Times are changing, and changing rapidly.  The banking industry is juggling to address significant challenges, working to identify new opportunities and facing new competitors. Amidst this change, banks and financial services firms increasingly are recognizing the importance of effective risk management – and not only with a defensive mindset.

In my previous blog post we talked about reputational risk and technology. Reputational risk is emerging as a key concern in a digital age, with financial institutions taking more notice. Consider this: Our 2011 Global Risk Management study found 44 percent of respondents were not measuring reputational risk. By 2013, 82 percent of organizations were either currently enhancing capabilities or planning enhancements in the next two years. Only 18 percent said they planned no enhancements for improving risk management capabilities around reputational and brand risks. That’s a pretty dramatic two-year shift.

Social media is a big reason for the increased emphasis on reputational risk. In fact, social media was seen as the leading source of risk to a firm’s reputation in our study.

Social media tools clearly can expose a bank to a wide range of risks. Dissatisfied customers and disgruntled workers alike can take to the social media airwaves and make complaints, which can become viral. There are less obvious (but substantial) risks, too, such as the potential for financial crime via social media web scams.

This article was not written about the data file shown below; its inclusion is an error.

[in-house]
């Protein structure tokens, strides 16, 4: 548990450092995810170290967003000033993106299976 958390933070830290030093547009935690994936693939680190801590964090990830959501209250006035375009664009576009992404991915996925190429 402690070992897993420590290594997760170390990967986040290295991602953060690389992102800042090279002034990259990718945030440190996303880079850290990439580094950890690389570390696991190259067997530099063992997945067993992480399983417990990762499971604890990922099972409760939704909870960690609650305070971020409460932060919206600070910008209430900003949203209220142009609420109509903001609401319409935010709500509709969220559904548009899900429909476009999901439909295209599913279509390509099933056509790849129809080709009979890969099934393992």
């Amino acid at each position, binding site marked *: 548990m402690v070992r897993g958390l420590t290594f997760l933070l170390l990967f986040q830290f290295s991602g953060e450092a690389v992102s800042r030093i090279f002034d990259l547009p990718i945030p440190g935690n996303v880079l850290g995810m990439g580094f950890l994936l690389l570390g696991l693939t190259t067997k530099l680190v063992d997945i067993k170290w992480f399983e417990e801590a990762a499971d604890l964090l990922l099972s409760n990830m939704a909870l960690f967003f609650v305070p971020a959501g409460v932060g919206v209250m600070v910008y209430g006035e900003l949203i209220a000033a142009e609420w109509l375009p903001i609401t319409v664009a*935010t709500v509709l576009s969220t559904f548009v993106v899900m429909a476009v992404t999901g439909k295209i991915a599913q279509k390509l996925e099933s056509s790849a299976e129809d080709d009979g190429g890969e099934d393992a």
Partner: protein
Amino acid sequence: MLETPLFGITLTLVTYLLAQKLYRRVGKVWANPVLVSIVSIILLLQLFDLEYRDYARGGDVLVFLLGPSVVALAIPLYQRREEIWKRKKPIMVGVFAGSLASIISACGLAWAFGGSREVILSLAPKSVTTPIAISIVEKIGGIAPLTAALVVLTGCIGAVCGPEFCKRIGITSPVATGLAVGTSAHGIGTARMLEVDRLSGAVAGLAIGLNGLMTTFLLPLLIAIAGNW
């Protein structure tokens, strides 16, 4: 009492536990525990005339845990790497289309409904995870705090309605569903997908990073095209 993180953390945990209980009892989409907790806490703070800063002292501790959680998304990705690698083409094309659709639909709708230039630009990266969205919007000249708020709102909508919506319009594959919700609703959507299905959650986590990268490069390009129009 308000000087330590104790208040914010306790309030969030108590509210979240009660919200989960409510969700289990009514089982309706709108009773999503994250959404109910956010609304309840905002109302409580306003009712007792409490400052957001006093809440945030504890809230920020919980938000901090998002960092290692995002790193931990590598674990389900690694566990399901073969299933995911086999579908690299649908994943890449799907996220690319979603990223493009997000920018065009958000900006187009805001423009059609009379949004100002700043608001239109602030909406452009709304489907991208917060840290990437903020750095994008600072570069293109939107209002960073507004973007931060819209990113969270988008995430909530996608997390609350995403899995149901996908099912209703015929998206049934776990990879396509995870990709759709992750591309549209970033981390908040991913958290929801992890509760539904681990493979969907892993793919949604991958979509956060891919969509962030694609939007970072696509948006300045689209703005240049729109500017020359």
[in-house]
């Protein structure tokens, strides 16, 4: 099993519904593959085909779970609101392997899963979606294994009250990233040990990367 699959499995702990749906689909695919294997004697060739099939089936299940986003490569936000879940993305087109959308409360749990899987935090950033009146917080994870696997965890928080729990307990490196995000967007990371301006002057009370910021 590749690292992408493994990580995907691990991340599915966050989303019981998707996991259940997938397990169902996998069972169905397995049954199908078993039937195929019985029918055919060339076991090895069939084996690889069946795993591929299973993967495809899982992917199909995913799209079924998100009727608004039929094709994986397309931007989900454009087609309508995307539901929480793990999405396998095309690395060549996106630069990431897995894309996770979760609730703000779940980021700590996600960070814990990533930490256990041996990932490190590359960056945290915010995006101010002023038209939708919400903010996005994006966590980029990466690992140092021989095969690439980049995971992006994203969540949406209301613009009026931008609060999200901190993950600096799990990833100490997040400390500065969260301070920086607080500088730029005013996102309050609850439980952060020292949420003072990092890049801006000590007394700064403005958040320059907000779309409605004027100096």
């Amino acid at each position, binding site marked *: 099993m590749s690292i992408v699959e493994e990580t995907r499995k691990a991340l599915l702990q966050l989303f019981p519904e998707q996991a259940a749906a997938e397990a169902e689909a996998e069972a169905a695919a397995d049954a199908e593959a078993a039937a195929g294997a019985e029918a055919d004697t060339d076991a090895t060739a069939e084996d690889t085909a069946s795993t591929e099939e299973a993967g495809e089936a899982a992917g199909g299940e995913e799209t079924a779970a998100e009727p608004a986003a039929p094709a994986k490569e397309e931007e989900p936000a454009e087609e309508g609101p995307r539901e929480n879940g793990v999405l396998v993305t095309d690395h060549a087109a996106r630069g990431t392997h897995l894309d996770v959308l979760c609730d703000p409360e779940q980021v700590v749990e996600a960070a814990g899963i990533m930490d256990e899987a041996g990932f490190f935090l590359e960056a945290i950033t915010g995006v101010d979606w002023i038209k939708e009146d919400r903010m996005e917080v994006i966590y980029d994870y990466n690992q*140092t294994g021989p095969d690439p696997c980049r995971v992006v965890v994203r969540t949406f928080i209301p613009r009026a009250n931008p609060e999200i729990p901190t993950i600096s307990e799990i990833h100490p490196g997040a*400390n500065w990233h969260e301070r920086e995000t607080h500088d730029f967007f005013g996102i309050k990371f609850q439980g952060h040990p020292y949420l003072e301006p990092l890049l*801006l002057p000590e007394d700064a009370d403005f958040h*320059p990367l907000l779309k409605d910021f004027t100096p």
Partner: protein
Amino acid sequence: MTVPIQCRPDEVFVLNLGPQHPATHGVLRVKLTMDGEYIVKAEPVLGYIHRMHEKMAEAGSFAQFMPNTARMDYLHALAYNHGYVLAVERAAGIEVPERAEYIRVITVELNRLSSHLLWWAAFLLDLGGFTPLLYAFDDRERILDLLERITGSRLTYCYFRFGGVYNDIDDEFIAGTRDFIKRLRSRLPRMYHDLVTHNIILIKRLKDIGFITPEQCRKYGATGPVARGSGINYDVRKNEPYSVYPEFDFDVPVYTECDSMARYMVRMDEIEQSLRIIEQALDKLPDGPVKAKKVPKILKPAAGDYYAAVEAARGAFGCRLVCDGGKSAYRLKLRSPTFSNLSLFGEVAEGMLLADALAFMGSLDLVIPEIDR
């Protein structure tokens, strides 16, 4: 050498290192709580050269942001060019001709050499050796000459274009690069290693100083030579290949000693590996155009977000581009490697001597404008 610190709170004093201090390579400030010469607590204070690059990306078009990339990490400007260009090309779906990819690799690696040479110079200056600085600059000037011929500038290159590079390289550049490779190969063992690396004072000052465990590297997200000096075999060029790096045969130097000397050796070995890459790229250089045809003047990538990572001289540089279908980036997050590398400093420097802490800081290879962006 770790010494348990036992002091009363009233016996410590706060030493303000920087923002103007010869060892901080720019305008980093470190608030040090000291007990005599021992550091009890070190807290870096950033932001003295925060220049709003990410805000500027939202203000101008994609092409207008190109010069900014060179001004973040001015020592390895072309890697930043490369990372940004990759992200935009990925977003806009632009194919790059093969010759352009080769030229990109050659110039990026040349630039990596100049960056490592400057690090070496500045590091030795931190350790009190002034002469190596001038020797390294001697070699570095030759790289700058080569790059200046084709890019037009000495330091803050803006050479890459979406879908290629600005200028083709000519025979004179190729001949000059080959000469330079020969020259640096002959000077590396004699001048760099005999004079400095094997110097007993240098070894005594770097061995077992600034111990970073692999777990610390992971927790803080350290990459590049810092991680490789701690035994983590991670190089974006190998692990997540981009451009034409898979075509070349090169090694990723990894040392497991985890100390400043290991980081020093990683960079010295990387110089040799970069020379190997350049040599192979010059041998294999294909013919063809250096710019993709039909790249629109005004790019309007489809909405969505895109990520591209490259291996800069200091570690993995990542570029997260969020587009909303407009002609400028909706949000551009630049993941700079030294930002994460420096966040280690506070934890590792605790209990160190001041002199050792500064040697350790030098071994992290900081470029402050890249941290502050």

On the other hand, social media provides a powerful risk management tool to banks. By using computational analysis, and by mining data and text, social media channels can help bring real and rapid insights as well as identify sources of risk. Some financial institutions are beginning to use Data as a Service (Daas) to monitor social media tools and analyze the “market chatter” and potential risk to the organisation.

Social media is just one piece of this complex puzzle. As noted in my earlier blog, many other technologies also carry risk.

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Consequently, financial institutions are taking more focused steps to address risk. Almost every organization surveyed—98 percent–said they are giving a higher priority to risk management now than they were two years ago. Four of every five risk managers regularly discuss risk issues with the company’s board of directors. Financial services providers are integrating risk management into their decision making, with 92 percent saying they considered risk when forecasting and budgeting, 87 percent factoring risk into M&A and financing discussions and 84 percent taking risk into account when doing strategic planning.

These aggressive efforts don’t immediately translate into the risk scenarios stabilizing, though. Among executives surveyed, some 38 percent see reputational risk as increasing over the next two years.

For banks, it is trust—and reputation—that are at the core of the customer relationship.

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